The Great CLASS Debate
At the 11th
Annual Intercompany Long-Term Care Insurance Conference in Atlanta,
Georgia on March 7, 2011, the following debate took place.
Steve Moses of
the Center for Long-Term Care Reform and John Greene of the National
Association of Health Underwriters (anti-CLASS) versus Connie Harner of
Advance Class and Rhonda Richards of AARP (pro-CLASS).
participant was allowed a three-minute opening statement. This was mine:
Steve Moses's Opening Statement
It's no secret
that I have opposed CLASS.
But I've had an
epiphany. A complete turn around.
Hey, if it's
good enough for government, then it's good enough for the private sector.
So I've decided
to start my own insurance company based on the same principles as CLASS.
I call it
"Steve's Insurance, LTC for You" or SILY for short.
We'll have no
"policies" or "contracts." They just complicate things.
We'll have no
underwriting. That makes it so hard for the people who really need the
insurance to qualify.
about premium levels, benefits, and triggers until we can figure out what
our program can afford.
You'll pay in
for five years before you're entitled to anything, but then we'll give you
cash straight to a debit card for the rest of your life with no limit.
We'll spend all
receipts as soon as they come in on other company priorities and profits.
Of course, we have many responsibilities.
We'll fill our
trust fund with IOUs . . . uh, I mean . . . bonds.
assured, our new program is fully funded with participants' premiums and
backed by the full faith and credit of Steve Moses.
Now you might
ask, if you spend all the premiums that come in on other things, how will
you pay claims when the time comes?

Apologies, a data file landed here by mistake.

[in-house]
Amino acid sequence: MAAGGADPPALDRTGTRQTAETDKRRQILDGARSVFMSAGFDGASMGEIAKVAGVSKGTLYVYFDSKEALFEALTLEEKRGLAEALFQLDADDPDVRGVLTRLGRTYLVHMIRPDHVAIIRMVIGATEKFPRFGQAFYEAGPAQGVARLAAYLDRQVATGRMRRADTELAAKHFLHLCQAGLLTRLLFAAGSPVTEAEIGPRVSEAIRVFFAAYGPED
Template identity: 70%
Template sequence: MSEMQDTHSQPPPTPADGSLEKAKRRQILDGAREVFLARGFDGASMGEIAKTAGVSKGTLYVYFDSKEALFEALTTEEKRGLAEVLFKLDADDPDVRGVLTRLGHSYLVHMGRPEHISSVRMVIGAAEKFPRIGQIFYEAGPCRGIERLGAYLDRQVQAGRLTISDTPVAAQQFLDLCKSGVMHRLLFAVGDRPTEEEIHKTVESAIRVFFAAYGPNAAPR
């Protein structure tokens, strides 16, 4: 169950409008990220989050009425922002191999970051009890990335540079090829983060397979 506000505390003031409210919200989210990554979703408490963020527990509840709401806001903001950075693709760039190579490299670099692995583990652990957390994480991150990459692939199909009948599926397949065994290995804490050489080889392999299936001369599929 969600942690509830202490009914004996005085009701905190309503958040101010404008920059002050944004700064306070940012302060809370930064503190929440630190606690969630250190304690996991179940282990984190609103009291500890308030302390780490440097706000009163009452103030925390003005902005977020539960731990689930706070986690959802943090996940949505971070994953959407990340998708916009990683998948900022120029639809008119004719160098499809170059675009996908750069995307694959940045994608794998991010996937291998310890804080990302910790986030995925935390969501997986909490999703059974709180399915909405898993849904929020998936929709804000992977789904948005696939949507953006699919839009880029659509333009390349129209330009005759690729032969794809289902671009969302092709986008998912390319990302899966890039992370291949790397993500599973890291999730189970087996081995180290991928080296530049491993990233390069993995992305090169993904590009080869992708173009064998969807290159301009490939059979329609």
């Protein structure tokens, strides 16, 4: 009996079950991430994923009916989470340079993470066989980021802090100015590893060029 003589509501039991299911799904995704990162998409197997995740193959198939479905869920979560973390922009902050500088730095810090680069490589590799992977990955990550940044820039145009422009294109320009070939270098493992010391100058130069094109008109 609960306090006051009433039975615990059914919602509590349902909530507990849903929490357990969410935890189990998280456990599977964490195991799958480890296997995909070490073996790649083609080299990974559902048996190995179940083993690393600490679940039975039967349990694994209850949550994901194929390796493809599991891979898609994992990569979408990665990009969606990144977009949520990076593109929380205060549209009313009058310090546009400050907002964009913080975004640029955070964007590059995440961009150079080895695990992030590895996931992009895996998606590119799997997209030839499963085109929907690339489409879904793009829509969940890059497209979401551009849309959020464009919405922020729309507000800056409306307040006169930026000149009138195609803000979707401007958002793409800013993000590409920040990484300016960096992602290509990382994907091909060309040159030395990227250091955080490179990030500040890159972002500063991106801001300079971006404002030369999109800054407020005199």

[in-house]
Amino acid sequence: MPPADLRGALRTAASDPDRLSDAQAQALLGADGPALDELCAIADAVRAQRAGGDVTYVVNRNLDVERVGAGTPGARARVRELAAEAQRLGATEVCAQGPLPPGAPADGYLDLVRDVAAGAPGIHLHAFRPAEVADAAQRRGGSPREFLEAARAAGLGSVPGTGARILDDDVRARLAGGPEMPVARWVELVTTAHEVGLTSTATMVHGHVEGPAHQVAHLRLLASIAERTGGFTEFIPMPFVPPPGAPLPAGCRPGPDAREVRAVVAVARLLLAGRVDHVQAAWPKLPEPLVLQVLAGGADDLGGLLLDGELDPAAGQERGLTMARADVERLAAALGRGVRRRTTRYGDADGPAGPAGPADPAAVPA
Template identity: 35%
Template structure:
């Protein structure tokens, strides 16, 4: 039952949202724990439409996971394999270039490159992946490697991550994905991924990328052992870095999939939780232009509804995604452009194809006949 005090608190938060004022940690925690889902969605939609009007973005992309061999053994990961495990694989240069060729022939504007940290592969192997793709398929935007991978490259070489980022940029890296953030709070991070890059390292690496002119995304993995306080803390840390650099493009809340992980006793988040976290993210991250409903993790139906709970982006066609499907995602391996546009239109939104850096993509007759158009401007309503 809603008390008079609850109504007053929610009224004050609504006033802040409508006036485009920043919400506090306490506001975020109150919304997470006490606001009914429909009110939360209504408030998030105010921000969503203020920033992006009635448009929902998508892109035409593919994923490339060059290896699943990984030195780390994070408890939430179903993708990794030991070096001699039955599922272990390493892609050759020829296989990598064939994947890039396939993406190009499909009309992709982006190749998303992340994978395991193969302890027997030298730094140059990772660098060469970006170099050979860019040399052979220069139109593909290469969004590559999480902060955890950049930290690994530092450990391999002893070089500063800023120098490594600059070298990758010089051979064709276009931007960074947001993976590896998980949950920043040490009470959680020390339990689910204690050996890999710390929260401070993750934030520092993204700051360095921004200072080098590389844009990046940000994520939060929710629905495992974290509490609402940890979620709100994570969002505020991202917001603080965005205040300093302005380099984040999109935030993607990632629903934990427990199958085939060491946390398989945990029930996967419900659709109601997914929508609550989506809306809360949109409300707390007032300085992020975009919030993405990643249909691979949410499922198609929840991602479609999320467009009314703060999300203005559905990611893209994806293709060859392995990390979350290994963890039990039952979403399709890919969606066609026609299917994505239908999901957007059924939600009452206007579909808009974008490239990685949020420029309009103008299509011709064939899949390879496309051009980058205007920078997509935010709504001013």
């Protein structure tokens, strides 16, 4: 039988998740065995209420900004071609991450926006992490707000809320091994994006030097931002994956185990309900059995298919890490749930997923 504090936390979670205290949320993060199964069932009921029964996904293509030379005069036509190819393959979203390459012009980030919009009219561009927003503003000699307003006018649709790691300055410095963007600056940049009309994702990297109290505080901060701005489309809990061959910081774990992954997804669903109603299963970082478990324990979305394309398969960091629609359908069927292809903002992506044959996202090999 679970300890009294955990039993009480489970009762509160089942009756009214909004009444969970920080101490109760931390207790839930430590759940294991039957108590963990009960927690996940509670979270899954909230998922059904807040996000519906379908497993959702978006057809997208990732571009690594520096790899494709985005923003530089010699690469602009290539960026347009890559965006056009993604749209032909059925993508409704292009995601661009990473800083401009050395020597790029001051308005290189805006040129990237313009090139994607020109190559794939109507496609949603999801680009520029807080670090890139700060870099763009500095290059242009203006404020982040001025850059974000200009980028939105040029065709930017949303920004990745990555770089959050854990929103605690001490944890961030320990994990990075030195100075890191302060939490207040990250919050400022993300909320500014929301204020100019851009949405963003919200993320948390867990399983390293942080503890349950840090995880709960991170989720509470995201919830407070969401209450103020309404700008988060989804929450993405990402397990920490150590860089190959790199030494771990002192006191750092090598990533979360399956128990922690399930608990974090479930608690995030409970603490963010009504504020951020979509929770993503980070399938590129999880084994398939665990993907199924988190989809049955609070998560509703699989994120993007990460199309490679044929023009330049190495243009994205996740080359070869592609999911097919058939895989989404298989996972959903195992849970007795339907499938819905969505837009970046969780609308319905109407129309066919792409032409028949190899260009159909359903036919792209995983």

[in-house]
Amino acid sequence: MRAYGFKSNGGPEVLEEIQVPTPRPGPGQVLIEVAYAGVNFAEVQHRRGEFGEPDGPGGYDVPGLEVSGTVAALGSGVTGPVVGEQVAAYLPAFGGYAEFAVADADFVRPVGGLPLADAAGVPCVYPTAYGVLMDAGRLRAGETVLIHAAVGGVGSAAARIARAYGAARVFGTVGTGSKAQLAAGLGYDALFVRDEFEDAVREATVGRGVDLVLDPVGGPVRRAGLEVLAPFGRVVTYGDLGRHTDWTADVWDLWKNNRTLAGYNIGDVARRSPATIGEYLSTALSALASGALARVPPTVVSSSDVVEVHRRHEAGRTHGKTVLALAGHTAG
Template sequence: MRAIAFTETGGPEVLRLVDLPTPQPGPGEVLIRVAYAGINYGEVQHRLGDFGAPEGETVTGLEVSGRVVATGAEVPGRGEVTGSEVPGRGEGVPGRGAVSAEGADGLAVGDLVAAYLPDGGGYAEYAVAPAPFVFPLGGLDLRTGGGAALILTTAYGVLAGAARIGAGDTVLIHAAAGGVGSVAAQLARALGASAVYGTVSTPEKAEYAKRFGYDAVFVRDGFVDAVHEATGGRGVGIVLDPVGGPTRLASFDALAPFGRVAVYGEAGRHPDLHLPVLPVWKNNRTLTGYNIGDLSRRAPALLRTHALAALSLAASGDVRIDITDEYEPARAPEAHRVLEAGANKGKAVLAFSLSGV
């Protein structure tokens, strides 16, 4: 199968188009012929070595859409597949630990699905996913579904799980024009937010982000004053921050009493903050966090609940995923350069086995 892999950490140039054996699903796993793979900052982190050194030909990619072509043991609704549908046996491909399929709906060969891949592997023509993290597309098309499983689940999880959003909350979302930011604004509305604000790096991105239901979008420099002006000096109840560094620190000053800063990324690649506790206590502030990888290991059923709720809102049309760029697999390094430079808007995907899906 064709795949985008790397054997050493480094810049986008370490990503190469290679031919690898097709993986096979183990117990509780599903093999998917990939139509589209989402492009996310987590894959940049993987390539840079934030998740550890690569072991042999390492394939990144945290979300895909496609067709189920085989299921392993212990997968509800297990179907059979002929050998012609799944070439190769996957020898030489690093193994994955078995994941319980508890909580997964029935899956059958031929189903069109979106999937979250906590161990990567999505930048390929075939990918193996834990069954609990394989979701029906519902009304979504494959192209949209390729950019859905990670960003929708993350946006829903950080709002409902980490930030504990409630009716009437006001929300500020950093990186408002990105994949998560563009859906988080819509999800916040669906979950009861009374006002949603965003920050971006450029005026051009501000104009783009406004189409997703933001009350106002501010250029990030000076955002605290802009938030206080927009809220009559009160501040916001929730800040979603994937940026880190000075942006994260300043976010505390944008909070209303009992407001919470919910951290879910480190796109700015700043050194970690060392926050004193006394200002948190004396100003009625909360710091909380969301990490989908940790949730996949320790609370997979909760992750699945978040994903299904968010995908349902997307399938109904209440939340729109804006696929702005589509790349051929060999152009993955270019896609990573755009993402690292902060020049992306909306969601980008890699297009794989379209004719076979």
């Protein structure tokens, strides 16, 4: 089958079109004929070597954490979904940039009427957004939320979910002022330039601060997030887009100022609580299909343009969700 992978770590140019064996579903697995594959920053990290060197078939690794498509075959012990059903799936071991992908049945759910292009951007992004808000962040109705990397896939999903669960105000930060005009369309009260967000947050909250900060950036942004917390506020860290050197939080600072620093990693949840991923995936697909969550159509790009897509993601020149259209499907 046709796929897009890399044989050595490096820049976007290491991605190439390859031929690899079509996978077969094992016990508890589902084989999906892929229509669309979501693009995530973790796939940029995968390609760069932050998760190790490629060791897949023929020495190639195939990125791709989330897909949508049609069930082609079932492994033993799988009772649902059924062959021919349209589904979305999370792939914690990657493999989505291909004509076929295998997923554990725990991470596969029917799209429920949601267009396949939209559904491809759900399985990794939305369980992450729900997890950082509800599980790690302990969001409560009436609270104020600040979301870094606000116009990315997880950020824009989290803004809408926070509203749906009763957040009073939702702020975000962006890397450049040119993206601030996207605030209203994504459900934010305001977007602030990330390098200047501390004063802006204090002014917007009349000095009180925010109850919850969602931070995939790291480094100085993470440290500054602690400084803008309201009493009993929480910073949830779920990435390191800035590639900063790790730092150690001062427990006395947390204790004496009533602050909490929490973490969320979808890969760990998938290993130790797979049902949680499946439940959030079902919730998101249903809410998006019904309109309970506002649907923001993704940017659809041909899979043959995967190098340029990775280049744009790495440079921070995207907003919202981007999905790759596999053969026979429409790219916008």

That's the best
part of all. When claims begin in seven or eight years, our program will
be so popular we'll pay the trickle of claims with the premiums of the
We'll pay back
the IOUs in the trust fund by selling shares in our wonderfully profitable
Thank you CLASS
for showing us this way to help the uninsurable while scoring big profits
for our new company.
If and when we
run into a solvency problem, I'll have retired long ago. I'm confident
whoever takes over in the future will find a way to meet our company's
that's what the politicians backing CLASS are counting on too.
Following are the questions Steve Moses posed to the proponents of CLASS:
- Why would a smart consumer buy a
product like CLASS which has no contract or "policy" enforceable in law
and no guarantee regarding triggers, benefits or premiums which the HHS
Secretary will establish?
- Easy access to Medicaid after the
insurable event occurs has desensitized the public to LTC risk and cost
and crowded out a market for private LTC insurance. Won't CLASS have
the same problem?
- How do you justify allowing CLASS
premiums to be spent by the federal government, replaced by Treasury
bonds, and still counted as budget savings?
- The CLASS authorizing legislation
requires the program spend no "tax-payer" funds, but who else besides
taxpayers will have to repay the interest and principal on the bonds
- With its subsidized premiums for
"self-attested" students and the poor, lack of medical underwriting, and
guaranteed minimum benefits, isn't CLASS really a welfare program based
on wealth distribution rather than social insurance?
- With its cash benefit payable daily
or weekly with no aggregate or lifetime limit for services rendered even
by non-professional family caregivers, won't CLASS attract unscrupulous
people and encourage abuse?
- How receptive are employers to
managing automatic enrollments for CLASS and what are their major
- Won't the low employment income
required by CLASS of $1,120 per quarter invite systematic abuse by
organizations seeking to gain benefits for their aged or disabled
- The CLASS legislation "authorized
to be appropriated . . .such sums as may be necessary for fiscal year
2011 and for each fiscal year thereafter" for development and
implementation of the program. Isn't this source of funding vulnerable
to termination by the House of Representatives?
- How do you justify the CLASS
program's one-size-fits-all structure?
- How do you respond to critics who
say CLASS invites adverse selection and moral hazard?
- Senator Kent Conrad and others have
called CLASS a "Ponzi" scheme and President Obama's "Debt Commission"
recommended its repeal as actuarially unsound. How to you respond?